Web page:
Apparently, The New York Times is in favor of faith in the public square -- if the purpose is to mock it. Editors at the Times poured gasoline on the fire of Atlanta's latest controversy with an editorial that should shock even their most liberal readers. Just when you thought the media couldn't sink any lower, the Times takes on the same First Amendment that gives it the freedom to print these vicious attacks on Christians.
In a stunning column yesterday, the newspaper argues that men and women of faith have no place in public management of any kind. The piece, which shows a remarkable disinterest in the facts, claims that Atlanta Fire Chief Kelvin Cochran didn't have permission to publish his book on biblical morality. Not only did Cochran have permission from the city's ethics office to publish his book, but he only distributed it in his personal capacity at church -- where a handful of his coworkers attend.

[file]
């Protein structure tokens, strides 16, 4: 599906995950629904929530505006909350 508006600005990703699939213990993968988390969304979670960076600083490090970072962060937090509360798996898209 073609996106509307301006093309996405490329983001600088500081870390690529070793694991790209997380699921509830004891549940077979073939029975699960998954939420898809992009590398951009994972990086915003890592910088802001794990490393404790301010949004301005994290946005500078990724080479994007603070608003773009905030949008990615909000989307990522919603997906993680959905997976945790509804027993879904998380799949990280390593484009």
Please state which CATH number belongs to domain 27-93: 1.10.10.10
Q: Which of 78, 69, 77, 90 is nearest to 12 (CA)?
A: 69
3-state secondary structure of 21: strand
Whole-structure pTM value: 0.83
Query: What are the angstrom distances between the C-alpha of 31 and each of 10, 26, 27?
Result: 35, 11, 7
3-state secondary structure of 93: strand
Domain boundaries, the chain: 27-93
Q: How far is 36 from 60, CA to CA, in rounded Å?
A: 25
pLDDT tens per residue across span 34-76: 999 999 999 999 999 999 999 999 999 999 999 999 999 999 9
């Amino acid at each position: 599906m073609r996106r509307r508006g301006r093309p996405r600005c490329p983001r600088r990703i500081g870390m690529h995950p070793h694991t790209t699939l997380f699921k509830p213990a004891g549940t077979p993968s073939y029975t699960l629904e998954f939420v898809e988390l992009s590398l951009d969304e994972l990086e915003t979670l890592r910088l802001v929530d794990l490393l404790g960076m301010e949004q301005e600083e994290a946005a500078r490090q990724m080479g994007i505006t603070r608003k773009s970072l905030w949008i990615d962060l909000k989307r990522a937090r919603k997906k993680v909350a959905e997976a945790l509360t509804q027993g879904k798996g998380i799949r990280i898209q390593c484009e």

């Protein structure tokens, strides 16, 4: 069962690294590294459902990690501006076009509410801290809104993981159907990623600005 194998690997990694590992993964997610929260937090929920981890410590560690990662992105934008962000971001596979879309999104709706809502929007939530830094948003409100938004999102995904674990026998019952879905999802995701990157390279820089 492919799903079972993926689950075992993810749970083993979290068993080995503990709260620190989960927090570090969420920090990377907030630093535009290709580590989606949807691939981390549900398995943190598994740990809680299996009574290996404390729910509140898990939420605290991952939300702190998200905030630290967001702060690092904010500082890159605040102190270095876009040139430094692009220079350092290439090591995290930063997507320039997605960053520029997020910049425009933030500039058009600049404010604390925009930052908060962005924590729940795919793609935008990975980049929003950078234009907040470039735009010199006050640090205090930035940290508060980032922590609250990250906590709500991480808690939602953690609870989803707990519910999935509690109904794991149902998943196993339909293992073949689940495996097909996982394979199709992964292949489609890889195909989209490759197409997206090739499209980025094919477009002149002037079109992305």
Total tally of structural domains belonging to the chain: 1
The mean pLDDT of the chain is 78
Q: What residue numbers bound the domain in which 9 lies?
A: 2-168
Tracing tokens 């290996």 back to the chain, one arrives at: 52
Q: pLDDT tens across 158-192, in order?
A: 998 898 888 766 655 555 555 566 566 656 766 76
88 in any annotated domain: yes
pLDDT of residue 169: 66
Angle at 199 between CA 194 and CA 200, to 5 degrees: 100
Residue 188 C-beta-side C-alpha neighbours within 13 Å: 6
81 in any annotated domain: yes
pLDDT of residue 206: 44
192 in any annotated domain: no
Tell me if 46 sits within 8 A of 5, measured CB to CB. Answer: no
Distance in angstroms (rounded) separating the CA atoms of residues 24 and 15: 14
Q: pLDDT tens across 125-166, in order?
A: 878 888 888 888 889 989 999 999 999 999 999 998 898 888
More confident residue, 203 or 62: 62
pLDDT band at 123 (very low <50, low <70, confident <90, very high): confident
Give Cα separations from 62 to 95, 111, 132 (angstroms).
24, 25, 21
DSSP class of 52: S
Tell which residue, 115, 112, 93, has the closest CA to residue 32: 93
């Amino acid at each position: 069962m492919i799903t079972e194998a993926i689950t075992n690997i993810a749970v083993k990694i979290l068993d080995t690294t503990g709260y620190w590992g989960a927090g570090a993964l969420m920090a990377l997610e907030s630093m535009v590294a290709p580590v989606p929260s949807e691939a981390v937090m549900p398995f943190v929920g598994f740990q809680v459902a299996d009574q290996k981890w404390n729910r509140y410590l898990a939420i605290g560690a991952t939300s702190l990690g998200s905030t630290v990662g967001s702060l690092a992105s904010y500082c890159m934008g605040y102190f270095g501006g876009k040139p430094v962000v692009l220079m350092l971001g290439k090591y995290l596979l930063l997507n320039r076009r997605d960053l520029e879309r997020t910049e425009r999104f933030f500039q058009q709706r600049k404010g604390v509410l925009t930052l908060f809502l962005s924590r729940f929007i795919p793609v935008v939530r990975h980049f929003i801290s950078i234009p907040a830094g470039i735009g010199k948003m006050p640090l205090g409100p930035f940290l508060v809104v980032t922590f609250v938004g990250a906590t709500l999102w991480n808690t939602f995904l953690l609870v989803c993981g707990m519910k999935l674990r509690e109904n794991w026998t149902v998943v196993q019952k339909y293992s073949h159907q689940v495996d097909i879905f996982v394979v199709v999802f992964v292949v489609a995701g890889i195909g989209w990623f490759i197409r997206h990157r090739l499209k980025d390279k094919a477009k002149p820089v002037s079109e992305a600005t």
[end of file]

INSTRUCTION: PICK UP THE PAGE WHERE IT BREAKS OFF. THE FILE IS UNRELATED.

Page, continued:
But the shoddy journalism didn't end there. Editors insisted that Cochran's book was full of "virulent anti-gay views" -- when in fact, the 162 page book only mentioned homosexuality twice. And both times, the conversation merely echoed the Bible's teachings on the subject. For that -- privately espousing a faith that a majority of Americans share -- Kelvin was fired. more >>
Sociologist Mark Regnerus recently penned an essay for Public Discourse in which he discusses two competing understandings of human dignity. Dignity 1.0, as he calls it, "refers to the idea that humans have 'inherent worth of immeasurable value that is deserving of certain morally appropriate responses.'" This kind of dignity is essential. It precedes the individual. It makes demands upon us. When a person acts "undignified," it is this first kind of dignity that they have violated. Dignity 2.0, on the other hand, "entrusts individuals to determine their own standards." This kind of dignity is the kind that results from "being true to yourself." It is a product of individualism; a byproduct of authentic expression that answers to nothing and no one outside itself, consequences be damned.